Case number: 120163
Whether Revenue was justified in its decision to refuse access to certain records in relation to an investigation of the applicant's tax affairs on the basis that the records are exempt under sections 21(1)(a) and 23(1)(a)(i) of the FOI Act.
On 10 April 2012 the applicant made an FOI request seeking access to information on his client and the date it was obtained under a project commenced in December 2010 by the Special Projects & Policy Development Branch of Revenue. In its original decision of 9 May 2012 Revenue relied on sections 21(1)(a) and 23(1)(a) of the FOI Act to refuse access to 18 records. In its internal review decision of 15 June 2012 Revenue released one record, numbered 15, and upheld the original decision in regard to the remaining records numbered 1 to 14 and 16 to 18.
The applicant wrote to this Office on 27 June 2012 seeking a review of the Revenue decision. Ms Alison McCulloch, Investigator in this Office, wrote to the applicant on 13 September 2013 outlining her preliminary views on this case and the applicant responded on 17 September 2013.
In reviewing this case I have had regard to the following:
This review is concerned solely with the question of whether Revenue was justified, in terms of the provisions of the FOI Act, in its decision to refuse access to records numbered 1 to 14 and 16 to 18.
Revenue relied on sections 21(1)(a) and 23(1)(a) of the FOI Act to refuse access to the withheld records. Section 23(1)(a)(i) is the more appropriate exemption which provides that a request for access to a record may be refused where to grant access could reasonably be expected to prejudice or impair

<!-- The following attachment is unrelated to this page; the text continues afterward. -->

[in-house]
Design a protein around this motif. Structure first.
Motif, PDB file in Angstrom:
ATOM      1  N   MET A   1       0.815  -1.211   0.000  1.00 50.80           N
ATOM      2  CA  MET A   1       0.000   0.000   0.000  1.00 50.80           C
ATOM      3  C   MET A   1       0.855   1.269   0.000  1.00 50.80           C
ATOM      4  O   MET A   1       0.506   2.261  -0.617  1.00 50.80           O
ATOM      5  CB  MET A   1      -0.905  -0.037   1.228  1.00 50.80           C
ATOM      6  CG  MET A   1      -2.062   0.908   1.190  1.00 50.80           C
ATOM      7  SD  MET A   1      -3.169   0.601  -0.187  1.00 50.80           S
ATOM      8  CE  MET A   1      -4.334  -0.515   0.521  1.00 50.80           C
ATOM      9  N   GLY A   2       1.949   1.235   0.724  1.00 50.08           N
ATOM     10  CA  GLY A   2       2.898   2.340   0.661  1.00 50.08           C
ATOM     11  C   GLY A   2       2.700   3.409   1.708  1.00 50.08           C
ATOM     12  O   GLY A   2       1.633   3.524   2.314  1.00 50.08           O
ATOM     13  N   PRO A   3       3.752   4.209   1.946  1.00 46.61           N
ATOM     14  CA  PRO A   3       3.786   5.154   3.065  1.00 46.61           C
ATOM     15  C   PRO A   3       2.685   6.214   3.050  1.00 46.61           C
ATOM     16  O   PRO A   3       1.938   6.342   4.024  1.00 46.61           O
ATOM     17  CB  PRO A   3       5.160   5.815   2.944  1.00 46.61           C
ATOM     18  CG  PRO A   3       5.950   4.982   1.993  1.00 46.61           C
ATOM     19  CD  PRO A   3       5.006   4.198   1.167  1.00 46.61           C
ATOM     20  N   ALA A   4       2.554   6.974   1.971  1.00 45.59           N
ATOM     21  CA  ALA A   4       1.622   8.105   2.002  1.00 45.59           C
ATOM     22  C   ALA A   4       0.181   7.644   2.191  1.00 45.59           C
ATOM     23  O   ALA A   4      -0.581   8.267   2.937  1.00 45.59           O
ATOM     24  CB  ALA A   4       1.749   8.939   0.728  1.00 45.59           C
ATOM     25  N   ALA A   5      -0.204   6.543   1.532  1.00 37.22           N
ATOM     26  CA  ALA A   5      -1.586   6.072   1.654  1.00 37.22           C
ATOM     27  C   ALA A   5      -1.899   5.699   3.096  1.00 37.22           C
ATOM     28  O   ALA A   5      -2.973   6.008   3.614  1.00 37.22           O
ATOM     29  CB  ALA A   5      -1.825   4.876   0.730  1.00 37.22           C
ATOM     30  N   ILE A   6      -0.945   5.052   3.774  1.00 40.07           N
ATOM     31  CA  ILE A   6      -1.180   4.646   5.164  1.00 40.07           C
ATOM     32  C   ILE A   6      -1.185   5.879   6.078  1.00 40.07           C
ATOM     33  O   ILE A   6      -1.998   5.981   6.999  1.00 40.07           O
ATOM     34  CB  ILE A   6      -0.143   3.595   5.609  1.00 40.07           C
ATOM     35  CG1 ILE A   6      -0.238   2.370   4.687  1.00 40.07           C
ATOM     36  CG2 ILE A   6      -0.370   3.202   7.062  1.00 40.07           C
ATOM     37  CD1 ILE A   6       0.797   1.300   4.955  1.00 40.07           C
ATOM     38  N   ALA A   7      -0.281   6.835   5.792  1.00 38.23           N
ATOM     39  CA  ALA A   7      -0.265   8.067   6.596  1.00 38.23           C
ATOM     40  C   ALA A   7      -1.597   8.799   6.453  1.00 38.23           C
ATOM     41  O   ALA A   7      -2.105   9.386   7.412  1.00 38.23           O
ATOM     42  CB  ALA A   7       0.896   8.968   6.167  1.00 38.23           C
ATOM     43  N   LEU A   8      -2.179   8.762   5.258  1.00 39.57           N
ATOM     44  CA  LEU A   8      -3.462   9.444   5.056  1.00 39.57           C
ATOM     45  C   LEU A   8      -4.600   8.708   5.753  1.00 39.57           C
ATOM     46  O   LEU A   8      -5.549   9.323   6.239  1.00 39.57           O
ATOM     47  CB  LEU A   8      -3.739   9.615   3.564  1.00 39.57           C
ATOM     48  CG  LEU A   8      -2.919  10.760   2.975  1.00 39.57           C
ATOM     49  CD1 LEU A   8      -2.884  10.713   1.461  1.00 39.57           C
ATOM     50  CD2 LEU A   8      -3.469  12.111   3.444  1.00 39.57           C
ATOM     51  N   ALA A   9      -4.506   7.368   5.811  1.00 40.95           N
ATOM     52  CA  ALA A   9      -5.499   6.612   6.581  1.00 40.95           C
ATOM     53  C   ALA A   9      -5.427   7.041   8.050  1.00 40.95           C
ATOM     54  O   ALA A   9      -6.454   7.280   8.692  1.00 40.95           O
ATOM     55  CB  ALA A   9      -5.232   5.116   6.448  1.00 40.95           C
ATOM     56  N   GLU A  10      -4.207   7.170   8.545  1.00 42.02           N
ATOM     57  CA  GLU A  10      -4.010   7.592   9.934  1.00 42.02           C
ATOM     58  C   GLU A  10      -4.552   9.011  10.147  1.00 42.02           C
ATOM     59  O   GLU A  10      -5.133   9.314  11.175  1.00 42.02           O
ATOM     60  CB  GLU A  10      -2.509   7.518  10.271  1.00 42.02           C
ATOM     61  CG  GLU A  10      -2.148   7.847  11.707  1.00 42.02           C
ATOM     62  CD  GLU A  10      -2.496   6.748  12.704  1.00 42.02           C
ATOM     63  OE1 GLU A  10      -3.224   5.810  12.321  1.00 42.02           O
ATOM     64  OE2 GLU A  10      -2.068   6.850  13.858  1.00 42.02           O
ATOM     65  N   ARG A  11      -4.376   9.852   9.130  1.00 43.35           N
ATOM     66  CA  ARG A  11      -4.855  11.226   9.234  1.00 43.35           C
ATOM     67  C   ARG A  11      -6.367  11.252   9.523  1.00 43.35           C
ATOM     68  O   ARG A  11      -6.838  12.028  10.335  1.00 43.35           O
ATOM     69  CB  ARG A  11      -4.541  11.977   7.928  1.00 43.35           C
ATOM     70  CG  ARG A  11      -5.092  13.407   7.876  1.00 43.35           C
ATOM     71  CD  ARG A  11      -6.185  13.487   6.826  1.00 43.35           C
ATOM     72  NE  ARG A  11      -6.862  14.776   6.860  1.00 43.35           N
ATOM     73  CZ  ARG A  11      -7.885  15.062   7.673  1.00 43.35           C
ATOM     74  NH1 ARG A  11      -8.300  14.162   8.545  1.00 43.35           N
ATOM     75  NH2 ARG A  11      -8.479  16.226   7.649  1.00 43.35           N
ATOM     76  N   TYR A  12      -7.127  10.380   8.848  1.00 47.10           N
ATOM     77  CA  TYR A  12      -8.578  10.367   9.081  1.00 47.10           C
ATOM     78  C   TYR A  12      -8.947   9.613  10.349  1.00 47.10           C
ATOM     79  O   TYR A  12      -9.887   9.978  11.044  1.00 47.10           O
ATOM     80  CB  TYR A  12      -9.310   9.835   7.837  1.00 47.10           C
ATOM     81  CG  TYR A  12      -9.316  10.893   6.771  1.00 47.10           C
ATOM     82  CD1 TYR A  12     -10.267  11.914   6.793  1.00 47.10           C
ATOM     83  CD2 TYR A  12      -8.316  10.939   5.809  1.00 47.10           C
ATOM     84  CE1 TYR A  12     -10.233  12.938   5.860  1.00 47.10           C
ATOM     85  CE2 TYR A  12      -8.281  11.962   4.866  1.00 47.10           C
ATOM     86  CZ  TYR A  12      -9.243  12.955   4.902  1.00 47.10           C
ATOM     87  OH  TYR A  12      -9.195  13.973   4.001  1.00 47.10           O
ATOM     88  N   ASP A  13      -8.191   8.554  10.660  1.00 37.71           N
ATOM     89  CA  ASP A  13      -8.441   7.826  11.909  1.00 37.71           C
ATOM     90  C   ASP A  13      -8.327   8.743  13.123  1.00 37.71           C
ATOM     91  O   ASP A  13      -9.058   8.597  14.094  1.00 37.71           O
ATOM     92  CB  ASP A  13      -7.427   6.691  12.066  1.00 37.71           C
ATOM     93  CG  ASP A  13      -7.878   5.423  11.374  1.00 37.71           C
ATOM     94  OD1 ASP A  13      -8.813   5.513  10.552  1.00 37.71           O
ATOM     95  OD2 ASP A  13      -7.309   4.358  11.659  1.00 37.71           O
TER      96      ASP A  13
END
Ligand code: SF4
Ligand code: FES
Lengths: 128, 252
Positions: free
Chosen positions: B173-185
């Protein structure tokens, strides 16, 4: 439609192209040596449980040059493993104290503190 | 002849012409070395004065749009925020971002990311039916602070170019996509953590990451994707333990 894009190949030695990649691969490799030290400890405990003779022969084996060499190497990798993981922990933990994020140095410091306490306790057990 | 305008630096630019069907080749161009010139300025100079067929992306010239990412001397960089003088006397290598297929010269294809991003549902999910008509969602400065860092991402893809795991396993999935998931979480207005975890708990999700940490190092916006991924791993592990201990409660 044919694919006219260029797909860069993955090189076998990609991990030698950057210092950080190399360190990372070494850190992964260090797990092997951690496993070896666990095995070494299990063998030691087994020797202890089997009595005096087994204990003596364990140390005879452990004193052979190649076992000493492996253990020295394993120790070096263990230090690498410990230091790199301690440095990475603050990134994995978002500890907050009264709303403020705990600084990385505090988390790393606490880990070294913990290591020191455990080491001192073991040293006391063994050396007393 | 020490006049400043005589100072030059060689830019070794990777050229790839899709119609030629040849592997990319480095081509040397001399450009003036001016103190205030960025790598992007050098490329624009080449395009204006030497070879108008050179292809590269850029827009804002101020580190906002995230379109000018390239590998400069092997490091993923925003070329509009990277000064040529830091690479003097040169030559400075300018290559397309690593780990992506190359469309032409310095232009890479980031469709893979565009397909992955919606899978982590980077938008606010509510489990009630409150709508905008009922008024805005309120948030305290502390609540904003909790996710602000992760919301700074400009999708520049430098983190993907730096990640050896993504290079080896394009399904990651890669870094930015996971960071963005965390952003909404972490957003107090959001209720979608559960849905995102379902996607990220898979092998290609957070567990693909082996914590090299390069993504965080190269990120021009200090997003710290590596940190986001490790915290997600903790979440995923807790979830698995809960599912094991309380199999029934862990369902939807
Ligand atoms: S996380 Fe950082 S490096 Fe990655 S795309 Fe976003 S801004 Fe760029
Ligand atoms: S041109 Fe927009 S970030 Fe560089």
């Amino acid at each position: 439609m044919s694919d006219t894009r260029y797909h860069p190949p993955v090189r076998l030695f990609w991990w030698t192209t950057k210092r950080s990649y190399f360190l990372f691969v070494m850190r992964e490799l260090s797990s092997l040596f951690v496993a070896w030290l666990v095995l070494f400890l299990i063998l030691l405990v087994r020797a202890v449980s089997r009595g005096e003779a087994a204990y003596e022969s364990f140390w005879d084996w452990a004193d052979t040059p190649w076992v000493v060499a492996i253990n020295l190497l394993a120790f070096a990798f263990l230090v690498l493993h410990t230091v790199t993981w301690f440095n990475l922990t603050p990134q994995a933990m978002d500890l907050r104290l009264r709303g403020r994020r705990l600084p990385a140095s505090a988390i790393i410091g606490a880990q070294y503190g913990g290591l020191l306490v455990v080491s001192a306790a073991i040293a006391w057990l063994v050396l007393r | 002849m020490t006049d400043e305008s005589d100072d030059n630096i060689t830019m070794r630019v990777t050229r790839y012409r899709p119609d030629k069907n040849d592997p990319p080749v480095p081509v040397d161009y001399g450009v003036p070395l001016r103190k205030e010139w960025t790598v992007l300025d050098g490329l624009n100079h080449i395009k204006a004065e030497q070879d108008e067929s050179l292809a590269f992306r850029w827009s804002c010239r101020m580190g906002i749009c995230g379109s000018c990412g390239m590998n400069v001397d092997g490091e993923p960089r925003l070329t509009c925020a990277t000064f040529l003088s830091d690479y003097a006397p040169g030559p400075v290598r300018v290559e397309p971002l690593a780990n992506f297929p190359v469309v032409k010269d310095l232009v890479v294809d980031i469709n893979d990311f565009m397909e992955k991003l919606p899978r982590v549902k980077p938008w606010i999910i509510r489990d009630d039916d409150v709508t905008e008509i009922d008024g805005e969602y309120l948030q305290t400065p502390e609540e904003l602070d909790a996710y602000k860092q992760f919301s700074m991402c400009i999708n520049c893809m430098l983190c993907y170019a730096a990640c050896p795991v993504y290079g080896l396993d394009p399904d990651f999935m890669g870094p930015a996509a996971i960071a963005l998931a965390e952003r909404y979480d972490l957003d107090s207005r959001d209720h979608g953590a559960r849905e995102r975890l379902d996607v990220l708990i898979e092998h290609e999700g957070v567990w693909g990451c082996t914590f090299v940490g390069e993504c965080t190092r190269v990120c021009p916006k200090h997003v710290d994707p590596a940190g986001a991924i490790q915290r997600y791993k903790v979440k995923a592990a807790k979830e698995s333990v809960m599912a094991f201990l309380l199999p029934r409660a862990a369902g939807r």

(i) "the prevention, detection or investigation of offences, the apprehension or prosecution of offenders or the effectiveness of lawful methods, systems, plans or procedures employed for the purposes of the matters aforesaid,";
According to Revenue, release of these records would reveal the methodologies in use by Revenue in sourcing information and documents in its investigation into the tax affairs of the applicant, and also in similar investigations in many other cases. I would generally accept that an investigator must be allowed a fair degree of latitude, subject to the need for fair procedures, to decide when information already in his or her possession should be made available to a party which is the subject of the investigation. Thus, I consider that disclosing information about the steps taken in an investigation, which would not otherwise be made known to the subject thereof in the course of that investigation, could prejudice the procedures being used for the purposes of that investigation. If a party under investigation was to be fully informed at all times of the state of knowledge of the investigating authority, then it would appear to be inevitable that this would impair the investigation of offences, in that they could try to hide, destroy or tamper with evidence, and so prejudice the actual investigation.
I have examined the records provided to this Office by Revenue for the purposes of this review. I have also had regard to Revenue's detailed submission which outlined the reasons for its refusal of the records. It has stressed what it considers to be the sensitivity of this information and has asked for the content of its submission not to be revealed.
The provisions of section 43(3) of the Act require the Commissioner, in the conduct of a review, to take all reasonable precautions to prevent the disclosure of exempt information. This means that this Office must exercise a degree of circumspection in providing information in relation to the investigation to a party to the review. Having regard to those requirements, I agree with Revenue that the information in the submission which it considers sensitive should not be revealed. With due regard to the concerns expressed by Revenue, I can say that, in its submission, it outlined the background to an ongoing Revenue Special Projects Team investigation concerning a large number of companies and said that disclosure of the information and the dates when it was obtained would reveal the methodologies used by Revenue in sourcing the information and documents. Revenue also said that release of these records would outline which sources led to the discovery and identification of this and similar cases.